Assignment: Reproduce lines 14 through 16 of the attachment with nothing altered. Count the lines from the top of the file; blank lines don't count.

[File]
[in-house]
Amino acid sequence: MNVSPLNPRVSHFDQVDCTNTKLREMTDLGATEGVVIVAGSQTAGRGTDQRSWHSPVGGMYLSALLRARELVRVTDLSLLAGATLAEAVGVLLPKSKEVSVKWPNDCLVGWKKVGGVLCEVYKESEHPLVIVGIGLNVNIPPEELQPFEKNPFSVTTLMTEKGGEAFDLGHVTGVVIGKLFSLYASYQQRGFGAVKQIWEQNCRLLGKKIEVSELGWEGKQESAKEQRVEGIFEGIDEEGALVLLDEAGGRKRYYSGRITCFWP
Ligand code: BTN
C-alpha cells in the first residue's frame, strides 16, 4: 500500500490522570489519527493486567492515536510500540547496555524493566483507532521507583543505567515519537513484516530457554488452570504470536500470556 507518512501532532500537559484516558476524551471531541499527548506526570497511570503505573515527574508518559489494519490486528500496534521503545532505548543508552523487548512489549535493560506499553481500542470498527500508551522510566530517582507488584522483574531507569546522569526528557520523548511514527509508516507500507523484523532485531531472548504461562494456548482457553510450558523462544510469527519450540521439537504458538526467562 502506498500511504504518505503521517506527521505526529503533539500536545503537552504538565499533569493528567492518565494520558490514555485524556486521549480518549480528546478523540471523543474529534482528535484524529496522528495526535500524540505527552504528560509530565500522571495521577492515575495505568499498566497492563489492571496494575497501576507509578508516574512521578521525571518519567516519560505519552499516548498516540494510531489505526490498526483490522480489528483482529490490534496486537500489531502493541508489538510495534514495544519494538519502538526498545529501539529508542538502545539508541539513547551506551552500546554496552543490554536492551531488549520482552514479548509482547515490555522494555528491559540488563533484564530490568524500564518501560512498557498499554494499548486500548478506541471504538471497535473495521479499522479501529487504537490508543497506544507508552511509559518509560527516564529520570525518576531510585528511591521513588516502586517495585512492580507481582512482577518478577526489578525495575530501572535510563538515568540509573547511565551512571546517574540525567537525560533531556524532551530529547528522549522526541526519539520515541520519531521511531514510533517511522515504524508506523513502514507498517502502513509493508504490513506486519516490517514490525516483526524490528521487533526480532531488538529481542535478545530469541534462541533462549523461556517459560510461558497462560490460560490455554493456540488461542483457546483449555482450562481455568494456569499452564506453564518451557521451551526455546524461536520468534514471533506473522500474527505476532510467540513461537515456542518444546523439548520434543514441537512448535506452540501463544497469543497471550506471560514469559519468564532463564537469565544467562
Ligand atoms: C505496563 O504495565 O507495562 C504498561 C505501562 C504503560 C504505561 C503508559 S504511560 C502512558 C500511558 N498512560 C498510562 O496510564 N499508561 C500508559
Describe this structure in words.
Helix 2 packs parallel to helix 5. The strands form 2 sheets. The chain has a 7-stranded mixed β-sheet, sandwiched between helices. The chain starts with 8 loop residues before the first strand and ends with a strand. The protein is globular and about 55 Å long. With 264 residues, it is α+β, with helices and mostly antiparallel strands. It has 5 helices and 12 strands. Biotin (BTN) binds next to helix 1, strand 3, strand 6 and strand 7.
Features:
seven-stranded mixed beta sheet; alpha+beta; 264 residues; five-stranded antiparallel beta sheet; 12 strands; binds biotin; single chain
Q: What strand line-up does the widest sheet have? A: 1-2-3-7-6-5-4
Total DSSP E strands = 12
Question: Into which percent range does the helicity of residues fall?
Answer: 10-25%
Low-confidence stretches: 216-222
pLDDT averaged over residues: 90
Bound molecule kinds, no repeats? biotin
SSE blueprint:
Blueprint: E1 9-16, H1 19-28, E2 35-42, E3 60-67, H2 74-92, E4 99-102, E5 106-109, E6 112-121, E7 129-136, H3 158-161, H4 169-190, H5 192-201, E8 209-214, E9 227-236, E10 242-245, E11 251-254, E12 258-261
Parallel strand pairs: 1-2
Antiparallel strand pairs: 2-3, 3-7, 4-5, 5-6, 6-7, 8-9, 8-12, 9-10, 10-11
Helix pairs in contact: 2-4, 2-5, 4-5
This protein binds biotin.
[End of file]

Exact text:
Low-confidence stretches: 216-222
pLDDT averaged over residues: 90
Bound molecule kinds, no repeats? biotin